The History of Snowboards. ALH

The History of Snowboards. ALH

The History of Snowboards
12/20/2012 / ALH MONICA LEE

The snowboard: curved at the ends and almost straight in the middle.

Made for the snow but the origin of it stems from surfing. From its modest past, the snowboard has evolved into a part of culture throughout the years, as snowboarding has became a popular recreational and competitive activity. The boards themselves have seen a considerable amount of history and change during that time.

1960 – Known as the “snurfer,” the first real snowboard was as strange as it was effective. The first real snowboard hit shelves in 1960 and appeared as a strange crossover between a plywood sled and a skateboard deck. There was a rope that was tied to the front of the board to offer the rider some control, while steel tacks poked through the upper deck to hold a rider’s feet in place.

Similar to today’s society, the first snowboarders that rode their own contraption were highly frowned upon by a majority of skiers. They were not even allowed to ride the regular slopes skiers rode.

1970 – Snowboards were commercialized and the original board had become obsolete. Many fans of the sport began to engineer and evolve the board with different materials. Dimitrije Milovich began developing snowboards based on cafeteria trays and skis, with the rudimentary idea of how skis work, he added metal edges.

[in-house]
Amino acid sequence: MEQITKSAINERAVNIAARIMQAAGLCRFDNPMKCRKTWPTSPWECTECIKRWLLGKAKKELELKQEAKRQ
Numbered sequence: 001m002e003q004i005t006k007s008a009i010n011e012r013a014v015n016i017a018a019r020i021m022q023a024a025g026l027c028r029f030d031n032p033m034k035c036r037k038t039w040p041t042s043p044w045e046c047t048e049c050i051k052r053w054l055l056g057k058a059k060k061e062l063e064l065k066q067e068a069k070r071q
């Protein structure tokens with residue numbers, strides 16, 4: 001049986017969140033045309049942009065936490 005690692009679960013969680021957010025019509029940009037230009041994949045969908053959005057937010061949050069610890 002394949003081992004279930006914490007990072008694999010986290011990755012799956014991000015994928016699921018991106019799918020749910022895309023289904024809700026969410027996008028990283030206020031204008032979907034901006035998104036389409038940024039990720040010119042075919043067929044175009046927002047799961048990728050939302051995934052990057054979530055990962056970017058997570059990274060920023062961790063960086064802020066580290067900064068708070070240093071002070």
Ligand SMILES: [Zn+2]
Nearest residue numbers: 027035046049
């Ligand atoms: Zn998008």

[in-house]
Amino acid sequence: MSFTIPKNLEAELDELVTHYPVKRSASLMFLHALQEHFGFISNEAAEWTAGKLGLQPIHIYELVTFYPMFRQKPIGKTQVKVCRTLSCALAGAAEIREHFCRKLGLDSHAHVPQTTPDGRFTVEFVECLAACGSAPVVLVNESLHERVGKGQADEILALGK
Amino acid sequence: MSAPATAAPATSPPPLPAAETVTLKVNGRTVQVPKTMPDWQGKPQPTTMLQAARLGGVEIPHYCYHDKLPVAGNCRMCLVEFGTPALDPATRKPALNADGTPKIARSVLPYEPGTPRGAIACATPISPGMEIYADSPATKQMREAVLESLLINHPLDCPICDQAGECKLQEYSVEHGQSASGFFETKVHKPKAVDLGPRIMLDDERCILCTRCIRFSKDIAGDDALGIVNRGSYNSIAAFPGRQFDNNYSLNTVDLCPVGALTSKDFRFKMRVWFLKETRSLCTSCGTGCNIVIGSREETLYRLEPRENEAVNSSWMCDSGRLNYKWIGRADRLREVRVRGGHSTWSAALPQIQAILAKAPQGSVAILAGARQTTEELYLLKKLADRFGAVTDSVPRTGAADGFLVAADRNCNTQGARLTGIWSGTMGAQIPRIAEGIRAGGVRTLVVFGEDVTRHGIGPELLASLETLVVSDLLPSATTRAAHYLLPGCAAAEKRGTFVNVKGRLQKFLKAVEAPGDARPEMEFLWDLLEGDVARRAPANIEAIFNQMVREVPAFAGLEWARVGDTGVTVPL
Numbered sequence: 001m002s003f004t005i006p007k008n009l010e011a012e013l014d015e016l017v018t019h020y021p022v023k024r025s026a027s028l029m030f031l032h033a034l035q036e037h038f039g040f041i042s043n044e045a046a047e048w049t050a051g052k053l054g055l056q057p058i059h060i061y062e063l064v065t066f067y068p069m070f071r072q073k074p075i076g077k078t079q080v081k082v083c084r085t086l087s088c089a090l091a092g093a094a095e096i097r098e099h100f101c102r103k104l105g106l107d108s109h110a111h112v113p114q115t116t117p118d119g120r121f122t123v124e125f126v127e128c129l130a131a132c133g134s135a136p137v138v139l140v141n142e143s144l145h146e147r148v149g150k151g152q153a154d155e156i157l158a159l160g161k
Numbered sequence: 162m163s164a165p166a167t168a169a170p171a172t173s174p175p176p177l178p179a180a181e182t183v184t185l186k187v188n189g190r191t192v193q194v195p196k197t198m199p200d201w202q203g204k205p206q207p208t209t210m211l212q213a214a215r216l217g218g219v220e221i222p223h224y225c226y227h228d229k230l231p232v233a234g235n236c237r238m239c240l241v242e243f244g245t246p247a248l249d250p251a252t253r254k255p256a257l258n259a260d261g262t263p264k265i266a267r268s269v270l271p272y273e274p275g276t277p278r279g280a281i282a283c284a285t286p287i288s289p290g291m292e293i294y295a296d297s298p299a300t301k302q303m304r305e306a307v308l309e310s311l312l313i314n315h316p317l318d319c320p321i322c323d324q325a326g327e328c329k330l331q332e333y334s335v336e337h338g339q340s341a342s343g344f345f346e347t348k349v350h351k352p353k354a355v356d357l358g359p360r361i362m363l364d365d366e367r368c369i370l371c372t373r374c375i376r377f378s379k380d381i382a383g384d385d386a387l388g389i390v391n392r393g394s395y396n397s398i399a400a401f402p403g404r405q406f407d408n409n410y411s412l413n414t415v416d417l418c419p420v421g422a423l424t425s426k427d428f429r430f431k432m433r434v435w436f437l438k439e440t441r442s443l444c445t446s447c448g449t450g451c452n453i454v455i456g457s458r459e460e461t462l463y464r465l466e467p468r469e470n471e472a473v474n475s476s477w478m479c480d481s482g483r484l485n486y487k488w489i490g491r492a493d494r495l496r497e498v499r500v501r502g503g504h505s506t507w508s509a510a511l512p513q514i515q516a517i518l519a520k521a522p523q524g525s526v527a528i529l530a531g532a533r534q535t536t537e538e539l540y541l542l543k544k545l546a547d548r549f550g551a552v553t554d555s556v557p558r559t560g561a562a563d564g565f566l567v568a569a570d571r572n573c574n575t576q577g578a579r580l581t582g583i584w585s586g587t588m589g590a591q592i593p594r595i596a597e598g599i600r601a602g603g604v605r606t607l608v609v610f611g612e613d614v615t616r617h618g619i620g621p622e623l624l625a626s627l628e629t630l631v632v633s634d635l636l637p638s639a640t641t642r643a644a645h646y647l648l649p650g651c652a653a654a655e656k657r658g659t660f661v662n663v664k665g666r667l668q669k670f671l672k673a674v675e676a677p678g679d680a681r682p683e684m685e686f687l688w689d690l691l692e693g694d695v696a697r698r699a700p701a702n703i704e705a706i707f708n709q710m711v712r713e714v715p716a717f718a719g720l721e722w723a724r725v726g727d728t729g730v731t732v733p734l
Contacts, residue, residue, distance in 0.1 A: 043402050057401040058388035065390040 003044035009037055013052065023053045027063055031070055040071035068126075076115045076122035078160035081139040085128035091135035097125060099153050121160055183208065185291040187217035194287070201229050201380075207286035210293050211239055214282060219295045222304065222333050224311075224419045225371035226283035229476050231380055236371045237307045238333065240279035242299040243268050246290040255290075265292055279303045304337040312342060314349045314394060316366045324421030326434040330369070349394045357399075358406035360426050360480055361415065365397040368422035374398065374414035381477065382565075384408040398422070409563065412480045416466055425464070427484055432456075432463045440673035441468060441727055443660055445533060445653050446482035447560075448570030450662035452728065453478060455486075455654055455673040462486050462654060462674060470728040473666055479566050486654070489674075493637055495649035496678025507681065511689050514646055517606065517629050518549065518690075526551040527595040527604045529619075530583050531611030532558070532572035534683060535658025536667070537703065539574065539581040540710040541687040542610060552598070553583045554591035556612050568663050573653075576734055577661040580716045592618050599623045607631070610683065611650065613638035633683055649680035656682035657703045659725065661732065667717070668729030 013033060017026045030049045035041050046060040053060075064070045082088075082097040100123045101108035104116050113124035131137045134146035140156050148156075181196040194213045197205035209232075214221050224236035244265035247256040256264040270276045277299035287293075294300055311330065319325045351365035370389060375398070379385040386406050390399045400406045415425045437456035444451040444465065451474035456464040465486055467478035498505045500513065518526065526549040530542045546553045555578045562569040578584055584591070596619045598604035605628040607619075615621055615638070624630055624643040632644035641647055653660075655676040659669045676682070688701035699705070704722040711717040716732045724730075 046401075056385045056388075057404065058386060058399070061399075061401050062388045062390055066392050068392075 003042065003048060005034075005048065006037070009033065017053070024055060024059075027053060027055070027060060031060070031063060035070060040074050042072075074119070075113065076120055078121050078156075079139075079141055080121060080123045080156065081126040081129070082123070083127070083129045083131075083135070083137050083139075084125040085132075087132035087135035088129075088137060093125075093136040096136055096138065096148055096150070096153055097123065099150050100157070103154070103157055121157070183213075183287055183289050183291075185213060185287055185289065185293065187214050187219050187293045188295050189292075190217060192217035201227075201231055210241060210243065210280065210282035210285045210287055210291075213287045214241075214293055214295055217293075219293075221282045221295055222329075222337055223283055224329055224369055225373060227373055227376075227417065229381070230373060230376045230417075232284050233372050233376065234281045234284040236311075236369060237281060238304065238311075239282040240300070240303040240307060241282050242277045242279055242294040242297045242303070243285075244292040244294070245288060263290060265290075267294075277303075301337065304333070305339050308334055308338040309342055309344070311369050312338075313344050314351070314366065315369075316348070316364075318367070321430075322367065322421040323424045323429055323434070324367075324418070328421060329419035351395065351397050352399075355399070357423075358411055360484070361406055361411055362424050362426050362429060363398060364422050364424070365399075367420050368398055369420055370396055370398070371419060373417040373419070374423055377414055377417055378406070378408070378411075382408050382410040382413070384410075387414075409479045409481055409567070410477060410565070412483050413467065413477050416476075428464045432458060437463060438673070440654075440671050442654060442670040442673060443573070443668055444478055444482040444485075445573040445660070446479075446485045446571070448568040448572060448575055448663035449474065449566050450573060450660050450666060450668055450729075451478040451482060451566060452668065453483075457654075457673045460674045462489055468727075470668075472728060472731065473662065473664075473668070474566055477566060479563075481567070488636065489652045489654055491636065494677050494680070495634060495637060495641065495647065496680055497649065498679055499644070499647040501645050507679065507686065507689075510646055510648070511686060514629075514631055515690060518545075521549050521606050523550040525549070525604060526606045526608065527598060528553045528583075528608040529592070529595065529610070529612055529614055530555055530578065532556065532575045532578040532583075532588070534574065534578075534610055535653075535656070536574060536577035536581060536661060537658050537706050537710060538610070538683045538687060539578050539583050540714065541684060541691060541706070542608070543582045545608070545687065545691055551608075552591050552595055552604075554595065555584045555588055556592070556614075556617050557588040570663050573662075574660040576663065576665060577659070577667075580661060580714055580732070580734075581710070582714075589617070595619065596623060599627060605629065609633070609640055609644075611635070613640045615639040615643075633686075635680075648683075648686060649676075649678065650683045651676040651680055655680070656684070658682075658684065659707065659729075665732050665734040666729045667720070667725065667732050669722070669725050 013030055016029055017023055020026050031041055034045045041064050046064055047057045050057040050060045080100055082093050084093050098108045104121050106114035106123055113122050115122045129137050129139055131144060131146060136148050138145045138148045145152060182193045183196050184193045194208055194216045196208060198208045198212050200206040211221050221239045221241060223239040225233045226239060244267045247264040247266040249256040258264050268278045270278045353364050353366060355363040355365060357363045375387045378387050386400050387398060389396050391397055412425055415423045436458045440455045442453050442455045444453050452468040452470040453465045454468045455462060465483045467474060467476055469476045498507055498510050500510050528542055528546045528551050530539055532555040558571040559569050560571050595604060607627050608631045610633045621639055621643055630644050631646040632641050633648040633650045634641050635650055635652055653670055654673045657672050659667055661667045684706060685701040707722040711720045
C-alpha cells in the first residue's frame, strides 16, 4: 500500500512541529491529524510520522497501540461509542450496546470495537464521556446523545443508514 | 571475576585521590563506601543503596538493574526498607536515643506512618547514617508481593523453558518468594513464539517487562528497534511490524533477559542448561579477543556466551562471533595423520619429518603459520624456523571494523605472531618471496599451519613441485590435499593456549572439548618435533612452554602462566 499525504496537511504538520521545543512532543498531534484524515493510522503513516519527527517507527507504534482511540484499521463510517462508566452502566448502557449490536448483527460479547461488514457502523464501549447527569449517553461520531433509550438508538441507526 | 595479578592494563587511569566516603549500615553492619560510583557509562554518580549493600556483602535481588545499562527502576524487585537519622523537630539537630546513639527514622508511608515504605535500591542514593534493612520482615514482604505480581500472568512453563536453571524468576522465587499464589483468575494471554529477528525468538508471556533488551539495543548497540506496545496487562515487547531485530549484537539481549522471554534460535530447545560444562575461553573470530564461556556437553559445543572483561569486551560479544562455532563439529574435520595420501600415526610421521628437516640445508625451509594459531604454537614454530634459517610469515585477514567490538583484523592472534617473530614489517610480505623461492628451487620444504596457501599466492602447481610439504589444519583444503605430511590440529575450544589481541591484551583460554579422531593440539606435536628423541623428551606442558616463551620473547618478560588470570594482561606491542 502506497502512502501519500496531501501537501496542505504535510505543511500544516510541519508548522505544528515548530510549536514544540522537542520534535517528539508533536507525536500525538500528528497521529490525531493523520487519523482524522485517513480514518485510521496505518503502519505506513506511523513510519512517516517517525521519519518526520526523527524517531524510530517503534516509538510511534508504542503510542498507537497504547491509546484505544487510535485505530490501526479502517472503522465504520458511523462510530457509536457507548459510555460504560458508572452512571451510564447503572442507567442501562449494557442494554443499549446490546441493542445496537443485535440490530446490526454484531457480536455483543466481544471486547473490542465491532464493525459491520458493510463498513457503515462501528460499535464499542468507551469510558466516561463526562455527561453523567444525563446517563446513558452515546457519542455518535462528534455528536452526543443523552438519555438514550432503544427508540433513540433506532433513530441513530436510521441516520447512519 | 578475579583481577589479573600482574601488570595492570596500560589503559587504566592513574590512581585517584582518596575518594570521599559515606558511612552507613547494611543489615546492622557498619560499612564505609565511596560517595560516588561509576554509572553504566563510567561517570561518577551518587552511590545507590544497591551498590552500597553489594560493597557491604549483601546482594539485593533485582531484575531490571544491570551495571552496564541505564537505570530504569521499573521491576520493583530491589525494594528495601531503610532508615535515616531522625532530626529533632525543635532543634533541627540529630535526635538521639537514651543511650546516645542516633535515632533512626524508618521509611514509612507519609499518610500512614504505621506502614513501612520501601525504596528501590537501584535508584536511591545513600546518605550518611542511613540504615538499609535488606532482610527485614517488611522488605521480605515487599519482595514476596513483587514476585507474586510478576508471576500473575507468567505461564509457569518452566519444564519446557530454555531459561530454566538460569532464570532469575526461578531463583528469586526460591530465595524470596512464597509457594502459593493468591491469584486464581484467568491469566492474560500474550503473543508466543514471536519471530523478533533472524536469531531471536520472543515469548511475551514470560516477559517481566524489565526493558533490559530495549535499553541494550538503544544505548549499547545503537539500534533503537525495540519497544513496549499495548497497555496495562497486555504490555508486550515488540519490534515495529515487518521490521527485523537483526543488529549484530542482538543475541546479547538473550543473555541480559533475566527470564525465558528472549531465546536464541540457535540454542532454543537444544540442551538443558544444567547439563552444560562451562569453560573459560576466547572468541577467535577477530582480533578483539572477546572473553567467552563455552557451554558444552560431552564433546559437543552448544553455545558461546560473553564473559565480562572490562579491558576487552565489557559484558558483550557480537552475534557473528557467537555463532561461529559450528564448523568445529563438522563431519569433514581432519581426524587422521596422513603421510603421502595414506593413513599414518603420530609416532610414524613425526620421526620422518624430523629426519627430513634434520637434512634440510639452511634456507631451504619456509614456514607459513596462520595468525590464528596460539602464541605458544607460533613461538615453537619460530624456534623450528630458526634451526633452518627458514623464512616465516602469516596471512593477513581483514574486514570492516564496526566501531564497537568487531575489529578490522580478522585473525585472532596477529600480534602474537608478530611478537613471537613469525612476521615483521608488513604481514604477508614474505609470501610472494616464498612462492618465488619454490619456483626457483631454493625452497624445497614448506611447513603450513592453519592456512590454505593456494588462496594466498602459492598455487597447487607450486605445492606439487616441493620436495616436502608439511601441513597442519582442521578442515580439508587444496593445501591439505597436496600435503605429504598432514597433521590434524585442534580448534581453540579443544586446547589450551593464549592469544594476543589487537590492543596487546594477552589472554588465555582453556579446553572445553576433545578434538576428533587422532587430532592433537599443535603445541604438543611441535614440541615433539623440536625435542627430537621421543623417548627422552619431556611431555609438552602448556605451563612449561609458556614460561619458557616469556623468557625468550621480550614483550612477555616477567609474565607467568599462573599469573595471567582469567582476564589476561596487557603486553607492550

1971 – Milovich was granted a patent for his snowboard design, expiring in 1988, Milovich did not enforce the patent with other companies.

1972 – Bob Webber finally obtains a patent for his early “skiboard” design, which he later sells to Jake Burton Carpenter in 1990.

1975 – Milovich and Winterstick, the name of his snowboard, have a two-page photo spread in Poswer Magazine, giving snowboarding early national exposure.

1977 – Mike Olsen builds his first snowboard in jr. high wood shop and continued to modify it through high school and beyond until 1984, when he quit college to start Gnu.
– Jake Burton Carpenter moves to Vermont and begins designing prototypes, later on known as Burton Snowboards.
– Bob Webber designs the “yellow banana” polyethylene molded bottom.
– Tom Sims adds the Lonnie Toft skate deck making the first production “Skiboard” under the Sims name.

1978 – Chuck Barfoot develops a fiberglass prototype snowboard that was taken out for a test run in Utah. Barfoot later goes on to design boards with Tom Sims.